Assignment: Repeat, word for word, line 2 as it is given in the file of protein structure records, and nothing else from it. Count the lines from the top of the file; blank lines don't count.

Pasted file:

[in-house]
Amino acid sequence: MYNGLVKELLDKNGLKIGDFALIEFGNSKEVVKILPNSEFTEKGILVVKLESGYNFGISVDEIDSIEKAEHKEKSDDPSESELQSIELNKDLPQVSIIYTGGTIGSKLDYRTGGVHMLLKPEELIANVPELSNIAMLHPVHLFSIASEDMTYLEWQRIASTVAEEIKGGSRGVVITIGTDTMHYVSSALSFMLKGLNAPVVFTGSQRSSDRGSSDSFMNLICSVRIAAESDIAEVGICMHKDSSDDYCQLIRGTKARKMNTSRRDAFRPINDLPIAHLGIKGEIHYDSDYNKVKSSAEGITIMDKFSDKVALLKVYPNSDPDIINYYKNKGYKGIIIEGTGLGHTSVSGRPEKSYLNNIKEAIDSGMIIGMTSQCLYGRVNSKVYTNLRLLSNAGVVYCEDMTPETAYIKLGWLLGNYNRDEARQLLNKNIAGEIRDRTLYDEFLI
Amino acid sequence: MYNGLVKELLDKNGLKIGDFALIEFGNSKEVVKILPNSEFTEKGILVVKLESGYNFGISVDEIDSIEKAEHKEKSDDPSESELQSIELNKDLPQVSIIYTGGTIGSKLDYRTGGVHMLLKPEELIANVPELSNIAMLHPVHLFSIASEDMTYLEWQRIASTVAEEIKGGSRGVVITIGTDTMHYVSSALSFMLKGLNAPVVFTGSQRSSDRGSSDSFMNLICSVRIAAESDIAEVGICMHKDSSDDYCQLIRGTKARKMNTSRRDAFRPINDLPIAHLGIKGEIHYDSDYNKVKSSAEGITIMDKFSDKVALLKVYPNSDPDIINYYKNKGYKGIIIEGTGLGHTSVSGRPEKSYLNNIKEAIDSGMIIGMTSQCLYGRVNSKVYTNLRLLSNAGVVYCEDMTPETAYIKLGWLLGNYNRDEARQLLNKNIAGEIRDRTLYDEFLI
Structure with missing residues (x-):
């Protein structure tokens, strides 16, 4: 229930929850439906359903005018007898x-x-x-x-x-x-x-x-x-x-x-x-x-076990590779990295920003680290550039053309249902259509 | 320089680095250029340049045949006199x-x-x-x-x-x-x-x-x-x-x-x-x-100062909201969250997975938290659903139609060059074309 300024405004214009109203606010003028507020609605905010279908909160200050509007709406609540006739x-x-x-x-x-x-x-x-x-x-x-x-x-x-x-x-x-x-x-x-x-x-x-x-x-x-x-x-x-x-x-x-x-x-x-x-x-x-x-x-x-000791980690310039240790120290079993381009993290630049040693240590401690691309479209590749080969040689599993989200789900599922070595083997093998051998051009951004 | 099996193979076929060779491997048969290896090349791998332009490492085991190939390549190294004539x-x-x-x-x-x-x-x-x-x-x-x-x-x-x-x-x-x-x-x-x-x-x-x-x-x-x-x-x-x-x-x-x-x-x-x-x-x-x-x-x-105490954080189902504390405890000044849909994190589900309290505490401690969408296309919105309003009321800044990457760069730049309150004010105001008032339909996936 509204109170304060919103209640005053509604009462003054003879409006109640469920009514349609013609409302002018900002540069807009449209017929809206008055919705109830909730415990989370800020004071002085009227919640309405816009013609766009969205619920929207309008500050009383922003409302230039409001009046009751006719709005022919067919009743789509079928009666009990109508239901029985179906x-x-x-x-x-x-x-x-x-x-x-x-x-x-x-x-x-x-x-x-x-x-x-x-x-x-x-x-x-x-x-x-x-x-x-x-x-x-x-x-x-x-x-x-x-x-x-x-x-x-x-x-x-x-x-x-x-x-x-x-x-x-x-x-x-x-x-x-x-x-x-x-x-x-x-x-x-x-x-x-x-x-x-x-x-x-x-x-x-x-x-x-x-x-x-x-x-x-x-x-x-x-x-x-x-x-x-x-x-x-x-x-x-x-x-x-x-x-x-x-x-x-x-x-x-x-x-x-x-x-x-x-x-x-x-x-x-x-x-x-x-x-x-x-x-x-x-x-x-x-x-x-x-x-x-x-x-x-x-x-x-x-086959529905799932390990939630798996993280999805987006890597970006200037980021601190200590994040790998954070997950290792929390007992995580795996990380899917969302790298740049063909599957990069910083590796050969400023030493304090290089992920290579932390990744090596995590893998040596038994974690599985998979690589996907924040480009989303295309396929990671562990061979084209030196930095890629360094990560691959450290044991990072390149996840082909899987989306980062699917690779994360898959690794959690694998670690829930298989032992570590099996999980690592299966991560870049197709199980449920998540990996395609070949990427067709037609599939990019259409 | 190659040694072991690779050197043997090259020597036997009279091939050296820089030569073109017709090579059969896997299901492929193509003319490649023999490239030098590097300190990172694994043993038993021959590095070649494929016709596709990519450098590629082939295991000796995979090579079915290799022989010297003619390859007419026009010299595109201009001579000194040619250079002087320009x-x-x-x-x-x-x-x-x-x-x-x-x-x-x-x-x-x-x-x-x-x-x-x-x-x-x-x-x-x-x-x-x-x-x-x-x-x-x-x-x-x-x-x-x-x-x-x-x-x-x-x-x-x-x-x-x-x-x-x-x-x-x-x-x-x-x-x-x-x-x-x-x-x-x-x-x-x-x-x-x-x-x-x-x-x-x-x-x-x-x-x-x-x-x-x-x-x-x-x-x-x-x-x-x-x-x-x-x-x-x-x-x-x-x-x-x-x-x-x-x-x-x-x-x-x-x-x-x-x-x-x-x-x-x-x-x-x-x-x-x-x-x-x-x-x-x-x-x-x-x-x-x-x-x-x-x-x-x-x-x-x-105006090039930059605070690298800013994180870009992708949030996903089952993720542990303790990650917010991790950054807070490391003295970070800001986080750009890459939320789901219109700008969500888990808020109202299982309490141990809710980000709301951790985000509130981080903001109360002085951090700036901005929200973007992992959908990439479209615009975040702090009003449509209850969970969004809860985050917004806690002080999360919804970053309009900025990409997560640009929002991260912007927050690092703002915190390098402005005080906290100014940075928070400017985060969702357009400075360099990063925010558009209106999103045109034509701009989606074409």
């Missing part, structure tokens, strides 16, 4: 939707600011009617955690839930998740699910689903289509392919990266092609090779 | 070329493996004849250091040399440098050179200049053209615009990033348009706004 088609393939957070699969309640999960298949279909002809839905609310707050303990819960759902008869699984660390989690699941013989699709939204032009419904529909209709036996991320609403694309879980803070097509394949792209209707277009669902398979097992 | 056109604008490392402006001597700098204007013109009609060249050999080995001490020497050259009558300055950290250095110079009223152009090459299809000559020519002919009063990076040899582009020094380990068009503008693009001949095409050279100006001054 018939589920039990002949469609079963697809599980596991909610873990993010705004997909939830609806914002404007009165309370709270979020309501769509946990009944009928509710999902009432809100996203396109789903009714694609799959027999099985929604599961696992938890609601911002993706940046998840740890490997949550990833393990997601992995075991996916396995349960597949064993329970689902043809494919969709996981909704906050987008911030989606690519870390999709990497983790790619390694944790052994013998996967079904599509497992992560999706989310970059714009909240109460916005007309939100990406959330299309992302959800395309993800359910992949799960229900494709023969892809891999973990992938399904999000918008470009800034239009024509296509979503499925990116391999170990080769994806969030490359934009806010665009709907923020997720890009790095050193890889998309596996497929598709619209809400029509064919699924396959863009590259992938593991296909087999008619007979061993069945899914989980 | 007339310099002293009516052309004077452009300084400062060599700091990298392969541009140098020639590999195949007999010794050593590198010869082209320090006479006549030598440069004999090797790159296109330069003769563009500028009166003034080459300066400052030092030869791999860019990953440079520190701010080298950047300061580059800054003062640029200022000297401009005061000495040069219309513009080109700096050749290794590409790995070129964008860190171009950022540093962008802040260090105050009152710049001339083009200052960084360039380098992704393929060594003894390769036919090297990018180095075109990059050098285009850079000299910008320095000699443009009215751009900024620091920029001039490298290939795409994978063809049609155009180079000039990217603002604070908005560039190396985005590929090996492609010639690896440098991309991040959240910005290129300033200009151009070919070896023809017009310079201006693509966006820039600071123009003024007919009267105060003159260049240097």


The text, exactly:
Amino acid sequence: MYNGLVKELLDKNGLKIGDFALIEFGNSKEVVKILPNSEFTEKGILVVKLESGYNFGISVDEIDSIEKAEHKEKSDDPSESELQSIELNKDLPQVSIIYTGGTIGSKLDYRTGGVHMLLKPEELIANVPELSNIAMLHPVHLFSIASEDMTYLEWQRIASTVAEEIKGGSRGVVITIGTDTMHYVSSALSFMLKGLNAPVVFTGSQRSSDRGSSDSFMNLICSVRIAAESDIAEVGICMHKDSSDDYCQLIRGTKARKMNTSRRDAFRPINDLPIAHLGIKGEIHYDSDYNKVKSSAEGITIMDKFSDKVALLKVYPNSDPDIINYYKNKGYKGIIIEGTGLGHTSVSGRPEKSYLNNIKEAIDSGMIIGMTSQCLYGRVNSKVYTNLRLLSNAGVVYCEDMTPETAYIKLGWLLGNYNRDEARQLLNKNIAGEIRDRTLYDEFLI